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16 U.S. 14 (1818)
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U.S. Supreme Court
The Friendschaft, 16 U.S. 14 (1818)
16 U.S. 14*
Informal and imperfect proceedings in the district court corrected and explained in the circuit court.
A bill of lading consigning the goods to a neutral but unaccompanied by an invoice or letter of advice, is not sufficient evidence to entitle the claimant to restitution, but is sufficient to lay a foundation for the introduction of further proof.
The fact of invoices and letters of advice not being found on board, may induce a suspicion that papers have been spoliated. But even if it were proved that an enemy master, carrying a cargo chiefly hostile, had thrown papers overboard, a neutral claimant to whom no fraud is imputable ought not thereby to be precluded from further proof.
The native character does not revert, by a mere return to his native country of a merchant who is domiciled in a neutral country at the time of capture, who afterwards leaves his commercial establishment in the neutral country to be conducted by his clerks in his absence, who visits his native country merely on mercantile business and intends to return to his adopted country. Under these circumstances the neutral domicile still continues.
British subjects resident in Portugal, though entitled to great privileges, do not retain their native character, but acquire that of the country where they reside and carry on their trade.
The brig Friendschaft was captured on a voyage from London to Lisbon by the privateer Herald and brought into Cape Fear in North Carolina, where the vessel and cargo were libeled in July, 1814, as prize of war. The commercial agent of his Royal Highness the Prince Regent of Portugal interposed a claim to several packages, parts of the said cargo, on behalf of the respective owners, whom he averred to be Portuguese subjects and merchants residing in Portugal. The cargo consisted of many different shipments. Most of them were accompanied with bills of lading directing a delivery to shipper or order. Of these a few were specially endorsed. Generally, however, they were without endorsements or with blank endorsements only. A few shipments were accompanied with bills of lading deliverable to persons in Lisbon especially named in the bills. Very few were accompanied with letters or invoices. These, it was alleged in the claim, had probably been sent by the regular packet.
In August, 1814, the district court pronounced its
sentence condemning as prize of war "all that part of the cargo for which no claim had been put in" and
"all that part of the cargo which was shipped, as evidence by bills of lading, either without endorsement or with blank endorsements, and not accompanied by letter or invoice, viz., ____,"
and that part appearing by the bill of lading to consist of forty bales of goods shipped by Moreira, Vieira, and Machado. Further proof was ordered with respect to the residue of the cargo and the vessel.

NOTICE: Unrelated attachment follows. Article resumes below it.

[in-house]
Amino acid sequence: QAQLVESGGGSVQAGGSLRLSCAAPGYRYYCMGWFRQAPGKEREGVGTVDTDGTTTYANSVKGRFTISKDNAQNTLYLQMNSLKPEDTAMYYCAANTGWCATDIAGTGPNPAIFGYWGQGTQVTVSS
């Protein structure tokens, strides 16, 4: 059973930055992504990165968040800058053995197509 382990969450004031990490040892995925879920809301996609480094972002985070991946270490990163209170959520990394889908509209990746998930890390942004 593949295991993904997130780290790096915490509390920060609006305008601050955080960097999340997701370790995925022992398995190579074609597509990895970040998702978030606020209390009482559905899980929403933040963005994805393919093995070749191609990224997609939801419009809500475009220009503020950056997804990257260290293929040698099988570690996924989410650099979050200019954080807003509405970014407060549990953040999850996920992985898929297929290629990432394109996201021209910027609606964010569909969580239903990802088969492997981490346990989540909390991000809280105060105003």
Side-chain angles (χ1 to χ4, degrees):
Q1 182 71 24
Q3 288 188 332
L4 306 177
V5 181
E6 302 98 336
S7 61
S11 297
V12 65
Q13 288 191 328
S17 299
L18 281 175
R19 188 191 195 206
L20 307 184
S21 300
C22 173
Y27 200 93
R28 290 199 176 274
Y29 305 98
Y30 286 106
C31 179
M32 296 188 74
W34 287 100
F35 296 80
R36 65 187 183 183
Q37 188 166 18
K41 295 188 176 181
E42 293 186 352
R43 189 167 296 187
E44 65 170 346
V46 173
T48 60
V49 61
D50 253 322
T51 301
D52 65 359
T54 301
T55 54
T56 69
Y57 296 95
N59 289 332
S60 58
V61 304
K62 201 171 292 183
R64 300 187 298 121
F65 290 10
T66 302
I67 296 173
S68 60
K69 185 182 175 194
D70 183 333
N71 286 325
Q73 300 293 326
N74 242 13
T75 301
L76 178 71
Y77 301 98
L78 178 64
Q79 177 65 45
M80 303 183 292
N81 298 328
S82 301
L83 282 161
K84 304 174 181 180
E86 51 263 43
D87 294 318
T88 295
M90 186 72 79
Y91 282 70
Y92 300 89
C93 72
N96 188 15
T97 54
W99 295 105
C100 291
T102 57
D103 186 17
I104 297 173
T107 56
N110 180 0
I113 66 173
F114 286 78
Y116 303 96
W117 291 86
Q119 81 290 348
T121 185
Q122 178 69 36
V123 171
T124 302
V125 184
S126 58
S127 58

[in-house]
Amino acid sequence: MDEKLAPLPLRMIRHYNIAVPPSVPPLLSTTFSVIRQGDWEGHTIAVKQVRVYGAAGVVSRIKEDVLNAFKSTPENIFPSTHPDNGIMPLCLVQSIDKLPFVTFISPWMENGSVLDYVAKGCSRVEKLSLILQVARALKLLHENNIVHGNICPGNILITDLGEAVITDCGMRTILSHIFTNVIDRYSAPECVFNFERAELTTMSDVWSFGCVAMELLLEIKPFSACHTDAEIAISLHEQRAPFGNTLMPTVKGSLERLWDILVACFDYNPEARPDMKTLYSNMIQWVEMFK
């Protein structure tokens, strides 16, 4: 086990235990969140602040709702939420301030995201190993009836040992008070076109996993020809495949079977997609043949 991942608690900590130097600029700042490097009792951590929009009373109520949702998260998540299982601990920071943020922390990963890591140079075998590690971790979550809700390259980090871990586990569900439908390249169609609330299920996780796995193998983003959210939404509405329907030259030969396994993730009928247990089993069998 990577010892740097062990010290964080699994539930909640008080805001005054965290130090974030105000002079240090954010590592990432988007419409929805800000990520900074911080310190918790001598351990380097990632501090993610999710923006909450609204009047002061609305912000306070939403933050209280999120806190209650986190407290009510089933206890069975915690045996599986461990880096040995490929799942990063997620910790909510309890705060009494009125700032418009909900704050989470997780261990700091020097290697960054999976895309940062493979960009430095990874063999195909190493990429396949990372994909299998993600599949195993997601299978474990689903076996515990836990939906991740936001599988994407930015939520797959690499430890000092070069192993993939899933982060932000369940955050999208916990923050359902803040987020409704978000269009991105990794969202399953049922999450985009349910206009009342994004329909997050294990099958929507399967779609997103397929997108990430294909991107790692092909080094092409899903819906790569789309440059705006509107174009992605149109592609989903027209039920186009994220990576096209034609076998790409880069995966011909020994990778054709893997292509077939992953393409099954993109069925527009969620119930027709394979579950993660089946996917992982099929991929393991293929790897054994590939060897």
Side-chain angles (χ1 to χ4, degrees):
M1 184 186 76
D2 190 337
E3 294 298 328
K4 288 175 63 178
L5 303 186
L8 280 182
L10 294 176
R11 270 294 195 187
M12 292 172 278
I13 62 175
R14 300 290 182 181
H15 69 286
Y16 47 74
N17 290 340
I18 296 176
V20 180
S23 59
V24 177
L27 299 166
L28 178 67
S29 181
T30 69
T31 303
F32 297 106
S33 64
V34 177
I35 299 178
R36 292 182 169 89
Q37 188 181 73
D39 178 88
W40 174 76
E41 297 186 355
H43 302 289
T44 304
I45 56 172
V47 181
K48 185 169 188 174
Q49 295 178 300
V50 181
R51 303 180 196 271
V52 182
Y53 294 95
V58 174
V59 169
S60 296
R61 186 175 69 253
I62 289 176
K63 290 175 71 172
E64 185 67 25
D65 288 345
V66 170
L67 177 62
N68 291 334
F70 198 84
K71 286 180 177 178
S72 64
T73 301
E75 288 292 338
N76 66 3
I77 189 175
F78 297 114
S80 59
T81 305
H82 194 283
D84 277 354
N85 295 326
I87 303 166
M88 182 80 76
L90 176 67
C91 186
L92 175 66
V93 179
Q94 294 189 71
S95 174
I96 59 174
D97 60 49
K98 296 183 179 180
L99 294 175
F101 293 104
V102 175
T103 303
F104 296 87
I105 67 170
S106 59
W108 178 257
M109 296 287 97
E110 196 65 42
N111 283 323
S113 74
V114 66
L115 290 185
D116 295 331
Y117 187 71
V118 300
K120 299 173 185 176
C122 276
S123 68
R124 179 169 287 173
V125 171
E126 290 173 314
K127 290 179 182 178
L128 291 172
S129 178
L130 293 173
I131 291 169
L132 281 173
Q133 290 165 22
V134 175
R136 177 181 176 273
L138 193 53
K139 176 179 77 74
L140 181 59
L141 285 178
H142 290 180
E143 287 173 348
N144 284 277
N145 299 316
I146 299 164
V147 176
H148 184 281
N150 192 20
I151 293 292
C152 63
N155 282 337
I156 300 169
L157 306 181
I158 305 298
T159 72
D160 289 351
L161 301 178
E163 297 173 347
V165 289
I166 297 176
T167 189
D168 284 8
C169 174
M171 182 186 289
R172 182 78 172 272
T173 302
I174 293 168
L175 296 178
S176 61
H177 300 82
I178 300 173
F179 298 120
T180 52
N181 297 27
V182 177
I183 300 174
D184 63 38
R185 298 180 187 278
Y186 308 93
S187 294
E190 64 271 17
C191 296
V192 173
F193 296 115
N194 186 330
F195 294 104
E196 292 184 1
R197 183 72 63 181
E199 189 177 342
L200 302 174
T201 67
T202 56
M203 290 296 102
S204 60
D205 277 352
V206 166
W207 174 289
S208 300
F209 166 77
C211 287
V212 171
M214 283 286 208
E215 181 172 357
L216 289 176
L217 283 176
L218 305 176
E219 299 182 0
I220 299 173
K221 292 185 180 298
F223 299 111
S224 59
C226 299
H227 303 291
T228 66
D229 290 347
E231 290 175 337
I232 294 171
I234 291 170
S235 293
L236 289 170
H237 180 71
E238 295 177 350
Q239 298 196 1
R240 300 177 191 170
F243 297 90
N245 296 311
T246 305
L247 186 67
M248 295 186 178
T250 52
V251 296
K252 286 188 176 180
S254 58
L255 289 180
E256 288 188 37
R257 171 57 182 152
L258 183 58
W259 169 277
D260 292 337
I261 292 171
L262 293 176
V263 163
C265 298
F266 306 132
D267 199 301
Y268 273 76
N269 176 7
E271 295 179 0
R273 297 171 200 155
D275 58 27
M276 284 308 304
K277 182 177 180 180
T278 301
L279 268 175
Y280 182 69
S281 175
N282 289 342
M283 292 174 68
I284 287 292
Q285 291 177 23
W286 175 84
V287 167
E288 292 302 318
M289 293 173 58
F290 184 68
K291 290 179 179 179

From this sentence the claimants appealed to the circuit court. That court, in May, 1815, dismissed so much of the appeal as respected the brig, and that part of the cargo in respect to which further proof was ordered, as having been improvidently allowed before a final sentence, and affirmed the residue of the decree except in regard to the forty bales shipped by Moreira, Vieira, and Machado, with respect to which further proof was directed to establish the right of Francis Jose Moreira to restitution of one-third part thereof.
In April, 1816, further proof was exhibited to the district court in support of the claim for the parts of the cargo comprehended in the bills of lading numbered 108, 109, 141, 122, and 118, which bills being deliverable to merchants residing in Lisbon, whose names were expressed therein, were not endorsed. The further proof was deemed sufficient, and restitution was ordered. The vessel and the residue of the cargo were condemned as prize of war.
From so much of this sentence as awarded restitution
the captors appealed, and in May, 1816, the circuit court decreed as follows:
"This court being of opinion that the former sentence of the district court, affirmed by the sentence of this court rendered in May term in the year 1815, having been left imperfect by omitting to recite the particular claims intended to be involved in the condemnation pronounced in the district court in terms of general description, and being also of opinion that the words"
"all that part of the cargo which was shipped as evidenced, by bills of lading, either without endorsement, or with blank endorsements, and not accompanied with letter or invoice"
"could be intended for those bills only which were to shipper or order, and not to those addressed to consignees named in the bill itself, is of opinion that there is no error in the sentence of the district court, and doth affirm the same."
From this decree the captors appealed to this Court. On the interposition of this appeal, the circuit court ordered that Joseph Winn, a British born subject, resident in Portugal, in whose behalf a claim was filed to No. 118, should be permitted to offer further proof to the Supreme Court, to be admitted or rejected by that Court.